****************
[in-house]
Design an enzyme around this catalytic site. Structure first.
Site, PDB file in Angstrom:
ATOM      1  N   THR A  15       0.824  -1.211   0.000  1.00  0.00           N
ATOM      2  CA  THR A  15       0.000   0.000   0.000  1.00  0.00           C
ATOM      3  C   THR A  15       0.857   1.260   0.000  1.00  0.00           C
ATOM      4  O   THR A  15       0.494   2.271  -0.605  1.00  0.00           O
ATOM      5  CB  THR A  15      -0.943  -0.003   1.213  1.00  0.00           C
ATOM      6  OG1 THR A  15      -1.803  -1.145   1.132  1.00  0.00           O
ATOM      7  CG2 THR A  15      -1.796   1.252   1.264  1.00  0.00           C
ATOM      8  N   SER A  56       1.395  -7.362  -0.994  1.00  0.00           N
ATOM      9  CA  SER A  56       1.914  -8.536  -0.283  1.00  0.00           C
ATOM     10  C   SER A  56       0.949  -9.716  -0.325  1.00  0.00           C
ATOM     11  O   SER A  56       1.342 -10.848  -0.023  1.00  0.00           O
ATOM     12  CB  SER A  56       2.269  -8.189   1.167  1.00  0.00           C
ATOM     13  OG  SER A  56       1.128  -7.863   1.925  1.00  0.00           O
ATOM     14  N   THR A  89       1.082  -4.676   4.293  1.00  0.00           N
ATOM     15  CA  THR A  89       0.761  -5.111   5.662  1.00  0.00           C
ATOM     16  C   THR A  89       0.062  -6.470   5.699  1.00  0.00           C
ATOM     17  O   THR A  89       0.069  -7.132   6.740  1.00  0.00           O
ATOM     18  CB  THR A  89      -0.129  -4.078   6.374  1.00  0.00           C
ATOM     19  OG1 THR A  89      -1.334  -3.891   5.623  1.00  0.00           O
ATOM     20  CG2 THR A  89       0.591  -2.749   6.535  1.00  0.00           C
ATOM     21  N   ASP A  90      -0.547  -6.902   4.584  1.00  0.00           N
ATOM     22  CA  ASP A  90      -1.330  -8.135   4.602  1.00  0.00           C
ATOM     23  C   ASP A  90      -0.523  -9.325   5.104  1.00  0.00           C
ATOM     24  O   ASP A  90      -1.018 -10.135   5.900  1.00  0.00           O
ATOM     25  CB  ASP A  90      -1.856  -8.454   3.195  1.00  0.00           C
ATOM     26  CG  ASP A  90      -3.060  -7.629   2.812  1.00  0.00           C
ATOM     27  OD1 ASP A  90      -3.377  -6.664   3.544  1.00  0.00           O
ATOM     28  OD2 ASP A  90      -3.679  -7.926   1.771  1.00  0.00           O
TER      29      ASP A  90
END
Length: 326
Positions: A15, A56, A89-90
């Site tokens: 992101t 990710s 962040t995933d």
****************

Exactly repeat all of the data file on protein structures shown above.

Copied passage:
[in-house]
Design an enzyme around this catalytic site. Structure first.
Site, PDB file in Angstrom:
ATOM      1  N   THR A  15       0.824  -1.211   0.000  1.00  0.00           N
ATOM      2  CA  THR A  15       0.000   0.000   0.000  1.00  0.00           C
ATOM      3  C   THR A  15       0.857   1.260   0.000  1.00  0.00           C
ATOM      4  O   THR A  15       0.494   2.271  -0.605  1.00  0.00           O
ATOM      5  CB  THR A  15      -0.943  -0.003   1.213  1.00  0.00           C
ATOM      6  OG1 THR A  15      -1.803  -1.145   1.132  1.00  0.00           O
ATOM      7  CG2 THR A  15      -1.796   1.252   1.264  1.00  0.00           C
ATOM      8  N   SER A  56       1.395  -7.362  -0.994  1.00  0.00           N
ATOM      9  CA  SER A  56       1.914  -8.536  -0.283  1.00  0.00           C
ATOM     10  C   SER A  56       0.949  -9.716  -0.325  1.00  0.00           C
ATOM     11  O   SER A  56       1.342 -10.848  -0.023  1.00  0.00           O
ATOM     12  CB  SER A  56       2.269  -8.189   1.167  1.00  0.00           C
ATOM     13  OG  SER A  56       1.128  -7.863   1.925  1.00  0.00           O
ATOM     14  N   THR A  89       1.082  -4.676   4.293  1.00  0.00           N
ATOM     15  CA  THR A  89       0.761  -5.111   5.662  1.00  0.00           C
ATOM     16  C   THR A  89       0.062  -6.470   5.699  1.00  0.00           C
ATOM     17  O   THR A  89       0.069  -7.132   6.740  1.00  0.00           O
ATOM     18  CB  THR A  89      -0.129  -4.078   6.374  1.00  0.00           C
ATOM     19  OG1 THR A  89      -1.334  -3.891   5.623  1.00  0.00           O
ATOM     20  CG2 THR A  89       0.591  -2.749   6.535  1.00  0.00           C
ATOM     21  N   ASP A  90      -0.547  -6.902   4.584  1.00  0.00           N
ATOM     22  CA  ASP A  90      -1.330  -8.135   4.602  1.00  0.00           C
ATOM     23  C   ASP A  90      -0.523  -9.325   5.104  1.00  0.00           C
ATOM     24  O   ASP A  90      -1.018 -10.135   5.900  1.00  0.00           O
ATOM     25  CB  ASP A  90      -1.856  -8.454   3.195  1.00  0.00           C
ATOM     26  CG  ASP A  90      -3.060  -7.629   2.812  1.00  0.00           C
ATOM     27  OD1 ASP A  90      -3.377  -6.664   3.544  1.00  0.00           O
ATOM     28  OD2 ASP A  90      -3.679  -7.926   1.771  1.00  0.00           O
TER      29      ASP A  90
END
Length: 326
Positions: A15, A56, A89-90
């Site tokens: 992101t 990710s 962040t995933d």